14 2 Cor 5:2; cf. Phil 3:20; Heb 13:14.
15 Ad Diognetum 5: PG 2, 1173.
The season of Lent, the six weeks that precede Easter, is a period which long tradition has set apart as a time to prepare for the crowning event of our salvation, the Resurrection of Christ from the dead. Christ came on earth to reveal to men by his teaching, and especially by his life, God’s infinite love for the human race. God has shown that love down through the centuries, to the Chosen People especially, but also to others. He showed it by the words sent through the prophets, and by his deeds. But it was in Christ that he gave men the full revelation of his divine love for us.
God’s plan for man in creation was to raise him up to an intimate union with the divinity. The masterpiece of creation was to become an adopted son of God, a member of the divine family. This was done in the Incarnation. The Son of God became a man, one of us, so that we, through and in him, could become sons of God. Christ, representing us, gave perfect human respect and obedience to God the Father in every action of his life. This perfect homage and obedience led him to his death on the cross: he gave him human life in fulfillment of it.
And, because he did, God raised him up again from the dead and seated him at his right hand in heaven. Christ, one of us, has the principal place in heaven next to God the Father–as God, he is equal to the Father. Ever since this plan of God’s love for us was carried out, ever since the day of Christ’s Resurrection, our home, our permanent abode, is heaven. Our time on earth is only a period of exile. It is a period in which, if we try to imitate Christ, giving true reverence and obedience to God our Father, we can secure for ourselves a place in the eternal home which he has planned for us, and which Christ has won for us.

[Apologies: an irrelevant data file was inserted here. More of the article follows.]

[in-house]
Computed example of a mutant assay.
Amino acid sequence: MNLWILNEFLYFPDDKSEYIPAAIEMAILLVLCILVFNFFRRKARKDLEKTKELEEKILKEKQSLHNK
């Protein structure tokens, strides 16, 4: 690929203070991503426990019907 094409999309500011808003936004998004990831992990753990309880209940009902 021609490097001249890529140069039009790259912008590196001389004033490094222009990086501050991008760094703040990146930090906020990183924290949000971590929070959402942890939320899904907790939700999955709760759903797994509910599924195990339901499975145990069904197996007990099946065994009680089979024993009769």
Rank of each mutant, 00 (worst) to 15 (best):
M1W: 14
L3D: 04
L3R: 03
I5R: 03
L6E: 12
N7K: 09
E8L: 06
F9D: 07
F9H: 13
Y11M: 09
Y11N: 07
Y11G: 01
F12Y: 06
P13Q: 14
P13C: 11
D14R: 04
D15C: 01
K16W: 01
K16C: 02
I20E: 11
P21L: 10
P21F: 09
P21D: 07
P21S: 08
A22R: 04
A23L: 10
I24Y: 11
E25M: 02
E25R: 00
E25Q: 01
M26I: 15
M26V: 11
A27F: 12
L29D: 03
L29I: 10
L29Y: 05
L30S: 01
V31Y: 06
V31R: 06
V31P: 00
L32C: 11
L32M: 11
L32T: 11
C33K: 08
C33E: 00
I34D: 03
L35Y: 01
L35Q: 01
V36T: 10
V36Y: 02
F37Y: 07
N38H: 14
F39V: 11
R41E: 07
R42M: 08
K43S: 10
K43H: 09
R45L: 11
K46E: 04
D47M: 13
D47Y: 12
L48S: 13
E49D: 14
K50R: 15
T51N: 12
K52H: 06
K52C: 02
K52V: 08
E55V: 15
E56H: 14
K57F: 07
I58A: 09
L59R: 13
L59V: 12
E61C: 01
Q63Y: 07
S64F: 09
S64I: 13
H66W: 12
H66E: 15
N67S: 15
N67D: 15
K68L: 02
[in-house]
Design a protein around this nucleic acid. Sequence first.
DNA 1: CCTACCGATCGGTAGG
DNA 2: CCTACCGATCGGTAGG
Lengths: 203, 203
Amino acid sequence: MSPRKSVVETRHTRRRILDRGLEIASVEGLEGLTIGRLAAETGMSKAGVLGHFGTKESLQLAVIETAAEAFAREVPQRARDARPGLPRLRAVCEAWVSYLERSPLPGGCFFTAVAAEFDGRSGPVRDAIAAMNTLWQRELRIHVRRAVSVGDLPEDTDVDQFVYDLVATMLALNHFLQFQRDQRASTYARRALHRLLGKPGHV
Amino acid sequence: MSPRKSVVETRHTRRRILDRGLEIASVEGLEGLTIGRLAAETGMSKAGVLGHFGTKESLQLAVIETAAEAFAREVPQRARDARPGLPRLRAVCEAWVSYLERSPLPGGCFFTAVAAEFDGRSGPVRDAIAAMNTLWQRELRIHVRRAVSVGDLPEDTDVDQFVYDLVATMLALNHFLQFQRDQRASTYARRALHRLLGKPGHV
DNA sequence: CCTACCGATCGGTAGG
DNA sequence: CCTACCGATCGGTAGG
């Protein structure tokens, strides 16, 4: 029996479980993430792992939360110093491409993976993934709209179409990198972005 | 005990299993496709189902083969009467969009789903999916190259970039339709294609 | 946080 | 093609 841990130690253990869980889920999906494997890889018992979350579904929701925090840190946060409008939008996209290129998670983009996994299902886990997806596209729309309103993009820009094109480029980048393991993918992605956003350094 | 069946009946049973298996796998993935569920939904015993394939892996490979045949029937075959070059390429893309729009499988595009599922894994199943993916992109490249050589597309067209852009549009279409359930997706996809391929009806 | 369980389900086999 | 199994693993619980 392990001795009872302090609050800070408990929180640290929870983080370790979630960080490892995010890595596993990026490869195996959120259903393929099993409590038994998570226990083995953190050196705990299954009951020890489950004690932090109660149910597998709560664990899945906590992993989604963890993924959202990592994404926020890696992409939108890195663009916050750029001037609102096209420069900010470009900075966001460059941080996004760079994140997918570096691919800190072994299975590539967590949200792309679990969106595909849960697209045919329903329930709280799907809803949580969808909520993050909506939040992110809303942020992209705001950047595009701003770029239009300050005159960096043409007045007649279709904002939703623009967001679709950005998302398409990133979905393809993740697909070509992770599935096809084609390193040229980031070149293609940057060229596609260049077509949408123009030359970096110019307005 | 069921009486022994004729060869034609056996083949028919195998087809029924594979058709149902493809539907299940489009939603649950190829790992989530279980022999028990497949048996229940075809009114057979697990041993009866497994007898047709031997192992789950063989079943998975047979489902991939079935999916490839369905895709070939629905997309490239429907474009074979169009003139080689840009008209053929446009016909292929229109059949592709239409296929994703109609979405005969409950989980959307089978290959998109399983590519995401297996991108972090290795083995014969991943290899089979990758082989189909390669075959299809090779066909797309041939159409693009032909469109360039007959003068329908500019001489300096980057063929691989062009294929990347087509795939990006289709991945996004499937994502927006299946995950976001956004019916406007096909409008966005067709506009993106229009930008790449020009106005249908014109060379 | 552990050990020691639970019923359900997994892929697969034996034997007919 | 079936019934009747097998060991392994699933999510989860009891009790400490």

The true Christian should be aware of what God’s love has planned for us, and of what humiliations and sufferings this loving plan caused our Savior. How could a person with such an awareness ever forget his supernatural vocation and purpose in life? There are too many who do just this, too many who attach themselves to the fleeting, passing things of this world, and neglect the everlasting possessions which are theirs for the taking.
Let us not be among their number. Let us pay heed today to St. Paul’s advice to the Philippians and strive to imitate him who was the true lover and follower of Christ. While using thankfully the gifts that God has given us in this life to help us on our journey let us never forget our journey’s end, our heritage in heaven, of which Christ our brother has made us co-heirs.
Jesus took Peter, John, and James
and went up the mountain to pray.